3. Briefly stated the facts of the case are that the assessee, a foreign company incorporated under the laws of Hong Kong, is engaged in the business of provision of supply chain management, including the provision of freight and forwarding and logistics services. The assessee entered into a “Regional Transportation Services Agreement” (hereinafter called the ‘Agreement’) on 01.06.2005 with Menlo Worldwide Forwarding (India) Private Limited (hereinafter called ‘Menlo India’) for providing freight and logistics services to each other. As per this Agreement, each party agreed to render services to the other in respect of import and export of consignments. The Assessing Officer vide para 5 has noted two types of consignments, viz, Import consignments and Export consignments. He has observed that Import consignments are those which originate outside India and are to be delivered in India. The services in origin of foreign country broadly comprise of overseas local pick, overseas ground transportation, overseas customer clearance, overseas documentation, loading and unloading and stuffing consignment in cargo, agreed to be performed outside India. Menlo India, undertook to perform destination services on the arrival of consignment in India. Destination services to be carried out in India by Menlo India comprises of local unloading and loading of consignment, local custom clearance, local ground transportation, local documentation etc. On the other hand, Export consignments originate from India for the delivery of consignments outside India. The assessee, as per the Agreement, undertook to perform the destination services outside India, similar to those performed by Menlo India in India as discussed above in the context of Import consignments. During the year in question the assessee earned  ‘2,32,89,208 as international transportation fee under the Agreement from Menlo India towards services rendered by it abroad on the above described Export consignments. Such amount was claimed by the assessee to be not chargeable to tax in India as per the provisions of section 5 read with section 9 of the Income-tax Act, 1961. It was so claimed on the premise that the income arose from services rendered by it outside India and no operations in this regard were carried out in India. The assessee also claimed that its relationship with Menlo India was that of independent contractor and the business between them was done on principal to principal basis and at arm’s length. The Assessing Officer observed that the services rendered by the assessee under the Agreement were in the nature of freight and logistics services such as transport, procurement, custom clearance, sorting, delivery, warehousing and picking up services. In his opinion such services were covered under the provisions of section 9(1)(vii), being “fees for technical services”. In order to buttress his view point, the A.O. also observed that Menlo India had deducted tax at source from the transportation fees paid to the assessee and in that view of the matter the assessee’s contention that the amount was not chargeable to tax in India, was bereft of any force. The learned CIT(A) echoed the assessment order on  this point by holding that the transportation fees received by the assessee from Menlo India was taxable in India as “fees for technical services” u/s 9(1)(vii) as it was for the services in the nature of “managerial, technical or consultancy services”. The assessee is in appeal before us.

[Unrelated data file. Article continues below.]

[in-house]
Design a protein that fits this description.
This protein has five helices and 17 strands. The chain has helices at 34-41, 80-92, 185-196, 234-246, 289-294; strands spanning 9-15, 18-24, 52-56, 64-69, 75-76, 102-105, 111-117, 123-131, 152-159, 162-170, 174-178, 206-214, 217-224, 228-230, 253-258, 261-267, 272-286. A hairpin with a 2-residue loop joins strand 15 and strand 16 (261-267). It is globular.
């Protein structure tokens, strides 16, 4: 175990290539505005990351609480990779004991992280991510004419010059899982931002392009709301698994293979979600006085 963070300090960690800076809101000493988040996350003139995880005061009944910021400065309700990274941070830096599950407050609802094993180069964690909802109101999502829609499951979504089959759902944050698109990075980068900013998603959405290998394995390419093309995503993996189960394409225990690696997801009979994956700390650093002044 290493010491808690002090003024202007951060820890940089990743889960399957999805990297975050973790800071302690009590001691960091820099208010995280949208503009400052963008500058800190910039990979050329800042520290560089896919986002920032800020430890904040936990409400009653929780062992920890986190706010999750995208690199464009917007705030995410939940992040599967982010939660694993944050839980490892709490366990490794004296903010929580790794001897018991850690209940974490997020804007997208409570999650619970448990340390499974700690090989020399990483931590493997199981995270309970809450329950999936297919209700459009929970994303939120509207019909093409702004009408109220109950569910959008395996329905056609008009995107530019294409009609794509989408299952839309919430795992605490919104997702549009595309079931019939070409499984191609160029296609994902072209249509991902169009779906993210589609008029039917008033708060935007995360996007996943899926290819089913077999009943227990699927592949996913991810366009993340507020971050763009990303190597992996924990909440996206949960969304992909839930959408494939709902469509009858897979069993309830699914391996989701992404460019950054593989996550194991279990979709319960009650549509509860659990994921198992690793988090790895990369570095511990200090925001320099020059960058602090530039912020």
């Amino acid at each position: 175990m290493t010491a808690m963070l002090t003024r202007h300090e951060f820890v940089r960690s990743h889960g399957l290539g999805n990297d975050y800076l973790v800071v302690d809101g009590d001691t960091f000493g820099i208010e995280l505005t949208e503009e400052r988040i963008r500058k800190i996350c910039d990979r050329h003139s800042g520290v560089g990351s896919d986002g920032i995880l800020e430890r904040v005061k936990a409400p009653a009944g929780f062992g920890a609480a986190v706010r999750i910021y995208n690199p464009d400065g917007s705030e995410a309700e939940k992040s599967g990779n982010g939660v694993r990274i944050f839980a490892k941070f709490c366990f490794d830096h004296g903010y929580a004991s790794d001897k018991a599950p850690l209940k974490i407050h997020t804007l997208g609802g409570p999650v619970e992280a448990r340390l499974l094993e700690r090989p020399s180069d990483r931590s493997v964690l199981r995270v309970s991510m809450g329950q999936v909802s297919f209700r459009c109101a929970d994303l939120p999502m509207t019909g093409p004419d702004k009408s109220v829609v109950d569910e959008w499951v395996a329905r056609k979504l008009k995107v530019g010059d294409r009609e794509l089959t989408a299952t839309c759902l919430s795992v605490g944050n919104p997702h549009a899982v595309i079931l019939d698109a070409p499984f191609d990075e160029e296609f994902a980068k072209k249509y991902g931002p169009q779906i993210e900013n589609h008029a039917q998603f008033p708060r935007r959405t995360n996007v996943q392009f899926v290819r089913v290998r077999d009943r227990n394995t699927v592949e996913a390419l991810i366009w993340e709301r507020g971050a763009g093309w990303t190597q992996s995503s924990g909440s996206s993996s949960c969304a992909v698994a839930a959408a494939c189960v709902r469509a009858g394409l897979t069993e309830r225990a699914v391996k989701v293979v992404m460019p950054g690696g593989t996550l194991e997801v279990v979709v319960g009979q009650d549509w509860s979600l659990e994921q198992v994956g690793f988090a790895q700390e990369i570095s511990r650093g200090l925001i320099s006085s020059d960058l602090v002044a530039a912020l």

4. We have heard the rival submissions and perused the relevant material on record in the light of precedents cited. The entire dispute centers around the tax ability of the amount received by the assessee from Menlo India in respect of services performed outside India on the export consignments of Menlo India originating from India. There is no quarrel over the nature of services for which the above referred amount has been paid to the assessee being, freight and logistics services such as transport, procurement, customs clearance, sorting, delivery, warehousing and pick up services. Now the primary question which arises for our consideration is as to whether the payment in respect of these services can be held as ‘fees for technical services’ within the meaning of section 9(1)(vii). The expression “fees for technical services” has been defined in Explanation 2 to section 9(1)(vii) as under:-